Disparity in cutaneous pigmentary response to LED vs halogen incandescent visible light: Results from a single center, investigational clinical trial determining a minimal pigmentary visible light dose

Teo Soleymani, David E. Cohen, Lorcan Folan, Uchenna R. Okereke, Nada Elbuluk, Nicholas A. Soter

Research output: Contribution to journalArticle

Abstract

Background: While most of the attention regarding skin pigmentatiorHias focused on the effects of ultraviolet radiation, the cutaneous effects of visible light (400 to 700nm) are rarelyNreported. Objective: The purpose of this study was to investigate the cutaneous pigmentary response to pure visible light irradiation, examine the difference in response to different sources of visible light irradiation, and determine a minimal pigmentary dose of visible light irradiation in melanocompetent subjects with Fitzpatrick skkjtype III - VI. Methods: The study was designed as a single arm, non-blinded, split-side dual interventiorKstudy in which subjects underwent visible light irradiation using LED and halogen incandescent light sources delivered at a fluence of 0.14 Watts/cm2 with incremental dose progression from 20 J/cm2 to 320 J/cm2 Pigmentation was assessed by clinical examination, cross-polarized digital photography, and analytic coterimetry. Results: Immediate, dose-responsive pigment darkening was seen with LED light exposure in 80% of subjects, beginning at 60 Joules. No pigmentary changes were seen with halogen incandescent light exposure at any dose in any subject. Conclusion: This study is the first to report a distinct difference in cutaneous pigmentary response to different sources of visible light, and the first to demonstrate cutaneous pigment darkening from visible LED light exposure. Our findings raise the concern that our increasing daily artificial light surroundings may have clandestine effects on skin biology.

Original languageEnglish (US)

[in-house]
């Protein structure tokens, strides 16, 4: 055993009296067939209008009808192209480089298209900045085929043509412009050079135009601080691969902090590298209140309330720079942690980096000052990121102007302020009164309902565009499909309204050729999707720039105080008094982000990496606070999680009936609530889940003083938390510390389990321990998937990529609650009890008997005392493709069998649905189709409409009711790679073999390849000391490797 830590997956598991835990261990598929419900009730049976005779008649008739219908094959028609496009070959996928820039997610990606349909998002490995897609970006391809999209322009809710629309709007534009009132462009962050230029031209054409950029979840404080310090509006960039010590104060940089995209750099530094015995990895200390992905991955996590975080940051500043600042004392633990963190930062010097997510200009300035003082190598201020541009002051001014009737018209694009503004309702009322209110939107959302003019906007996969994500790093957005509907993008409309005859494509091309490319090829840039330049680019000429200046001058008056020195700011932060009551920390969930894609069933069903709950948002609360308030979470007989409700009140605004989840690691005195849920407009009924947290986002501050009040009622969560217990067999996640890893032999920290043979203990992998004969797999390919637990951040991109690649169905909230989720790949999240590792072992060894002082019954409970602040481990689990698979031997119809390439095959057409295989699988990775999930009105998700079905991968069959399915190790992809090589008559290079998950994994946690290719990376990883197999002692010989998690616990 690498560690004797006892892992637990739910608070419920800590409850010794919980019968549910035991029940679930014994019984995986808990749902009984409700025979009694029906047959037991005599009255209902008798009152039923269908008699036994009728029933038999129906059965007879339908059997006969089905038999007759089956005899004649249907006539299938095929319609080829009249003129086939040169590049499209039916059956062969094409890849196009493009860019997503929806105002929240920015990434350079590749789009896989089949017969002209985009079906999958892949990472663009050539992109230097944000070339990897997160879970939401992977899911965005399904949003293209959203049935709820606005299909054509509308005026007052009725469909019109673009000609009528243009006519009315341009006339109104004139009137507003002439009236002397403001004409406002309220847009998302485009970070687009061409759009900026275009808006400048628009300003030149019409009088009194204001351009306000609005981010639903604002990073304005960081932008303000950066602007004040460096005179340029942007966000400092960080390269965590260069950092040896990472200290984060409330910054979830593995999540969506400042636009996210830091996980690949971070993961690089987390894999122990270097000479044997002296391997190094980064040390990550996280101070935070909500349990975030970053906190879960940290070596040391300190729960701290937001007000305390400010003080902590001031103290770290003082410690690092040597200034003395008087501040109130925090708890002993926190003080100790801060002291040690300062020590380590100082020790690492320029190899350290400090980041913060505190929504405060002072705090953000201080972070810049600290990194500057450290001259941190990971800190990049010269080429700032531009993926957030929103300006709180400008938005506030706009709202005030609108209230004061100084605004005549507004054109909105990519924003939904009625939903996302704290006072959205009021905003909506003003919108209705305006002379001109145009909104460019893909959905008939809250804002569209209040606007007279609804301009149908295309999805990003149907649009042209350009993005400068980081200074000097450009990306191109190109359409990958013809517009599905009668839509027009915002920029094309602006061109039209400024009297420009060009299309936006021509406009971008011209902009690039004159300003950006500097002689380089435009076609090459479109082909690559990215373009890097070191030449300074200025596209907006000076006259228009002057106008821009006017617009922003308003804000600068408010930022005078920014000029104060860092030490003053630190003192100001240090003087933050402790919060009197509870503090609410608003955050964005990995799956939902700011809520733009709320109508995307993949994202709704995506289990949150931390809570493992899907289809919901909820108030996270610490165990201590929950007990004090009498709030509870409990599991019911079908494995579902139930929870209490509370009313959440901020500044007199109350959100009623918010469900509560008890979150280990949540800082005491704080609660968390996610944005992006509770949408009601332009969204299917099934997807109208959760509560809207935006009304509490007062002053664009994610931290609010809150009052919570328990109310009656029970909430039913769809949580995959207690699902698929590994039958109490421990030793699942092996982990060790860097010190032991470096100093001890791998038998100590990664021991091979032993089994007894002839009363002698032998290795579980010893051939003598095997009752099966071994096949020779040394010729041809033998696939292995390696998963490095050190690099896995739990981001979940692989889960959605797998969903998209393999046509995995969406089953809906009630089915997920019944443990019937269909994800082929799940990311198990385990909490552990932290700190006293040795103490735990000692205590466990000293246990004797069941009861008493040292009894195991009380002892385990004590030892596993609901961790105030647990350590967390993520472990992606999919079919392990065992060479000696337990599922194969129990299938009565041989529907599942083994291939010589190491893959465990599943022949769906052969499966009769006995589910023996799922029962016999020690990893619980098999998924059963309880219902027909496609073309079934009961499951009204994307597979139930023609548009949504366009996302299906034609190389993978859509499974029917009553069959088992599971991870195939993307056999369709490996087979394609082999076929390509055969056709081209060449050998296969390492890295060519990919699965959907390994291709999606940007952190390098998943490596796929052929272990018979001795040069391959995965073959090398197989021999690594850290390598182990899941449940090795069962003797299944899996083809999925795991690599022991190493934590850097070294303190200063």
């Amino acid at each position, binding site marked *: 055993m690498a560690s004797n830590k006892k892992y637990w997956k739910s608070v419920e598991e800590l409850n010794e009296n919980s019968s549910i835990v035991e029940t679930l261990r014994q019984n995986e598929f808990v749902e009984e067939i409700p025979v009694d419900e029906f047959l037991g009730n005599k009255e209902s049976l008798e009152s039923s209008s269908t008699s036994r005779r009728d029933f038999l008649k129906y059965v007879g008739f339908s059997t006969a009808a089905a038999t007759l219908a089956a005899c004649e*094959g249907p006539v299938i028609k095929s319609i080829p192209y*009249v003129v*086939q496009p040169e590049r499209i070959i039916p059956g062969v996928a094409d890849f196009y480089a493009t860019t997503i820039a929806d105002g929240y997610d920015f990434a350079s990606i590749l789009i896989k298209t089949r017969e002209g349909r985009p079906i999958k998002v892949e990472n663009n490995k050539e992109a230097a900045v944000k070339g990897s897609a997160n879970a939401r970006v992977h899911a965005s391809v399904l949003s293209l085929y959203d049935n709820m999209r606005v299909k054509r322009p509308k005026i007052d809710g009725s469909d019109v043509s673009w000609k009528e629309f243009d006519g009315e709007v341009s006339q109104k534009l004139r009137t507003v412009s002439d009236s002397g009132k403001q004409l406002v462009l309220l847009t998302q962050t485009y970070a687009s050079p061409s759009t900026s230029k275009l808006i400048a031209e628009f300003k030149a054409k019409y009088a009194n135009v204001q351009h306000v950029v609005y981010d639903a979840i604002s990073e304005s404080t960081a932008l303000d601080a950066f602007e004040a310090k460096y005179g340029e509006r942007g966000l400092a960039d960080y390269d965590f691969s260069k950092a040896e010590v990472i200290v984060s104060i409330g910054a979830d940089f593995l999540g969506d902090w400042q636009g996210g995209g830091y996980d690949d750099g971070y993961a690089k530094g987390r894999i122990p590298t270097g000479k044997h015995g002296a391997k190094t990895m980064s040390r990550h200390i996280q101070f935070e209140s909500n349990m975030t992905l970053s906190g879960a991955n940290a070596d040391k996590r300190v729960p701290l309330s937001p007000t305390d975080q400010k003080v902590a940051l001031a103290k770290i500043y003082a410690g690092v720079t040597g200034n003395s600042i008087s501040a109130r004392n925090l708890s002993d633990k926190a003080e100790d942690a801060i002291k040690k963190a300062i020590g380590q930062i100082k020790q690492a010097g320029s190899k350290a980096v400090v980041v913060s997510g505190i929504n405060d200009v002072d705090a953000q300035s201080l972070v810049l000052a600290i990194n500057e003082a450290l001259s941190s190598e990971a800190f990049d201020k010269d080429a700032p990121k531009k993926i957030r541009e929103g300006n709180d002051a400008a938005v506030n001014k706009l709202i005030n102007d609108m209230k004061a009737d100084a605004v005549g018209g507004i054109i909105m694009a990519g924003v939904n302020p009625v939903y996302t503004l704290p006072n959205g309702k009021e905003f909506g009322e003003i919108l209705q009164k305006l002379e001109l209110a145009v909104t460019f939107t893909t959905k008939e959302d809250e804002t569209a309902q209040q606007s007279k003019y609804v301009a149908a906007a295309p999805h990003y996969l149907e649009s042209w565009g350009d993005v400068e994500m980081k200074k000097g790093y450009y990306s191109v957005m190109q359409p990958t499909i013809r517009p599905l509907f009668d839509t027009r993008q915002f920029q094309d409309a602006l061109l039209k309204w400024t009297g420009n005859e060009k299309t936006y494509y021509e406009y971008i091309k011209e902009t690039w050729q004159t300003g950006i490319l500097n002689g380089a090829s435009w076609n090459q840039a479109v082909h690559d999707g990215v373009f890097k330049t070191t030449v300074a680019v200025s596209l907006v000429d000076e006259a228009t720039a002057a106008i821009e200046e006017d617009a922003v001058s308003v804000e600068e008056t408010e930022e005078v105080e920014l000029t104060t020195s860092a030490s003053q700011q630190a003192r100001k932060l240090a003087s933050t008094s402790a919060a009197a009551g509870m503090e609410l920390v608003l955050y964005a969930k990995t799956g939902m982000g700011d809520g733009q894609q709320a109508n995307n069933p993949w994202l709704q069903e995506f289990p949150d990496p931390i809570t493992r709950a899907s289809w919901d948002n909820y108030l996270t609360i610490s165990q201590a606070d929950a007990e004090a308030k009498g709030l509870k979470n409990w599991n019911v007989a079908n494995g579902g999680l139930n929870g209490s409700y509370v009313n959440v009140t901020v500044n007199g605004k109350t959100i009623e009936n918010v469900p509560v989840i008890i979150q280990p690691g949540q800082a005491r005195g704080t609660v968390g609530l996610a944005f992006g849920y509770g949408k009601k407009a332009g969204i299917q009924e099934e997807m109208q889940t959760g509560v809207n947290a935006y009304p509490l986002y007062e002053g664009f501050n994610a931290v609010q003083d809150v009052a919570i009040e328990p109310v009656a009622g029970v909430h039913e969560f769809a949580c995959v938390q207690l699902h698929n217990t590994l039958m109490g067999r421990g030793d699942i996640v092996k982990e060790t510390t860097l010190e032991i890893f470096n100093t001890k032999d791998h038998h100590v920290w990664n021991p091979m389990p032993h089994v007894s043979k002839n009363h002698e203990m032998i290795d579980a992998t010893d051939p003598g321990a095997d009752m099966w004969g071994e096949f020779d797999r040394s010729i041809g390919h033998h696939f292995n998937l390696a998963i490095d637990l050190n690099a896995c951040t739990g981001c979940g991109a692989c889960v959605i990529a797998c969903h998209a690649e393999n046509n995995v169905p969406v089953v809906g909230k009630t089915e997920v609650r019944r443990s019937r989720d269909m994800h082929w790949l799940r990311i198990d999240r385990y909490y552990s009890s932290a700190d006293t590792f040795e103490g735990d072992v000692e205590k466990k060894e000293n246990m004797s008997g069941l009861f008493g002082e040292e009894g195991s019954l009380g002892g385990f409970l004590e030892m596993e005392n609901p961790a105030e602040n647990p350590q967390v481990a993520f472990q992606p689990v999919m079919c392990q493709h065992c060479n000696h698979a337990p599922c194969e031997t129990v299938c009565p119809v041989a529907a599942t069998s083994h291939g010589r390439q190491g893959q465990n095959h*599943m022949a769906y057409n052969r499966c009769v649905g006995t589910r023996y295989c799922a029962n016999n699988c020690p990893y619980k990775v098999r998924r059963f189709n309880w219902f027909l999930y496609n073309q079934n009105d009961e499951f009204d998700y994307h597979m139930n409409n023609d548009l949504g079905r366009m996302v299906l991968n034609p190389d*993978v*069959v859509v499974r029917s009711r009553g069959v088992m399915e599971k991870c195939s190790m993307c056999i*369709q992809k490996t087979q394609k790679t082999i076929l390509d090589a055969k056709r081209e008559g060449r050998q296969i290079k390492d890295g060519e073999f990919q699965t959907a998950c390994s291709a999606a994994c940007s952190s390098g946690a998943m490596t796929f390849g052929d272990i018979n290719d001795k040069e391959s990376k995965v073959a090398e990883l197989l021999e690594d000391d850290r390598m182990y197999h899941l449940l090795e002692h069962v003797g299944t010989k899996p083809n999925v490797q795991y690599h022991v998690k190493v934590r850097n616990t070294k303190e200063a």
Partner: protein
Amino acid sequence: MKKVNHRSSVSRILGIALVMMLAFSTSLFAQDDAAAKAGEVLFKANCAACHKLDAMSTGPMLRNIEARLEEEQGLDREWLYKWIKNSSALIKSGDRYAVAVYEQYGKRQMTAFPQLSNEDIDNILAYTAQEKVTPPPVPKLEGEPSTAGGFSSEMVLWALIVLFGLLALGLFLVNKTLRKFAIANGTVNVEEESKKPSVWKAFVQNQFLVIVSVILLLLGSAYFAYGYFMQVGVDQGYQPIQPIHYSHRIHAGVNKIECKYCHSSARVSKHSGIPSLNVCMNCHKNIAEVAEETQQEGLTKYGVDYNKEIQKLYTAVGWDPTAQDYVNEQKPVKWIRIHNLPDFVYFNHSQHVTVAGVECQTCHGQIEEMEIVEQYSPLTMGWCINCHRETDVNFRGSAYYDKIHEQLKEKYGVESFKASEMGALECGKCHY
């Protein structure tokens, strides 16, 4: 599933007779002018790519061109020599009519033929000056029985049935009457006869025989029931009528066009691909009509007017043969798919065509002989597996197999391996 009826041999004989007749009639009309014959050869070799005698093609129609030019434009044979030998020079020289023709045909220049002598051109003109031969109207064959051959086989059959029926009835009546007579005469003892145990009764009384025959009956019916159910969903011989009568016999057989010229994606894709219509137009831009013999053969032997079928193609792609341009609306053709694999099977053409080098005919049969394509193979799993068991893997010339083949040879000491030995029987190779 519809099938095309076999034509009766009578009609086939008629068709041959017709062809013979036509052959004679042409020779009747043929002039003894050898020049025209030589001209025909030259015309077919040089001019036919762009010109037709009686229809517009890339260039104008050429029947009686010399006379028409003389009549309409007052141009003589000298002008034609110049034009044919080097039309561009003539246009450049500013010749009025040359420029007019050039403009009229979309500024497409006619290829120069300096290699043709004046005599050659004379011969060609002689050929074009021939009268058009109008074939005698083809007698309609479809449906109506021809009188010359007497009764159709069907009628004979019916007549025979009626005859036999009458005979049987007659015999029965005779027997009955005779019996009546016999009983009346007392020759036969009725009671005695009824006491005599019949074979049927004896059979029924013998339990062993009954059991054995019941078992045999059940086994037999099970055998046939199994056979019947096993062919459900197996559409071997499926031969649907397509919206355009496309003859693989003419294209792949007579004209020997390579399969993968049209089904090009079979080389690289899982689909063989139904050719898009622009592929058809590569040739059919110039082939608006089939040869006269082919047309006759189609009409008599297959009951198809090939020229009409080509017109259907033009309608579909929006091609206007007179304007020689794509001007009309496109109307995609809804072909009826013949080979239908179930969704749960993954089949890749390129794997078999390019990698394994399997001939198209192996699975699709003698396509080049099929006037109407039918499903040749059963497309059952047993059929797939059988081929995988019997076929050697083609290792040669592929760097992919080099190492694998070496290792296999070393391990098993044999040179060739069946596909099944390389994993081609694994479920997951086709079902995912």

Pages (from-to)1105-1110
Number of pages6
JournalJournal of Drugs in Dermatology
Volume16
Issue number11
StatePublished - Nov 1 2017

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Halogens
Clinical Trials
Light
Skin
Photography
Radiation Effects
Pigmentation

ASJC Scopus subject areas

  • Dermatology

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Disparity in cutaneous pigmentary response to LED vs halogen incandescent visible light : Results from a single center, investigational clinical trial determining a minimal pigmentary visible light dose. / Soleymani, Teo; Cohen, David E.; Folan, Lorcan; Okereke, Uchenna R.; Elbuluk, Nada; Soter, Nicholas A.

In: Journal of Drugs in Dermatology, Vol. 16, No. 11, 01.11.2017, p. 1105-1110.

Research output: Contribution to journalArticle

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abstract = "Background: While most of the attention regarding skin pigmentatiorHias focused on the effects of ultraviolet radiation, the cutaneous effects of visible light (400 to 700nm) are rarelyNreported. Objective: The purpose of this study was to investigate the cutaneous pigmentary response to pure visible light irradiation, examine the difference in response to different sources of visible light irradiation, and determine a minimal pigmentary dose of visible light irradiation in melanocompetent subjects with Fitzpatrick skkjtype III - VI. Methods: The study was designed as a single arm, non-blinded, split-side dual interventiorKstudy in which subjects underwent visible light irradiation using LED and halogen incandescent light sources delivered at a fluence of 0.14 Watts/cm2 with incremental dose progression from 20 J/cm2 to 320 J/cm2 Pigmentation was assessed by clinical examination, cross-polarized digital photography, and analytic coterimetry. Results: Immediate, dose-responsive pigment darkening was seen with LED light exposure in 80{\%} of subjects, beginning at 60 Joules. No pigmentary changes were seen with halogen incandescent light exposure at any dose in any subject. Conclusion: This study is the first to report a distinct difference in cutaneous pigmentary response to different sources of visible light, and the first to demonstrate cutaneous pigment darkening from visible LED light exposure. Our findings raise the concern that our increasing daily artificial light surroundings may have clandestine effects on skin biology.",
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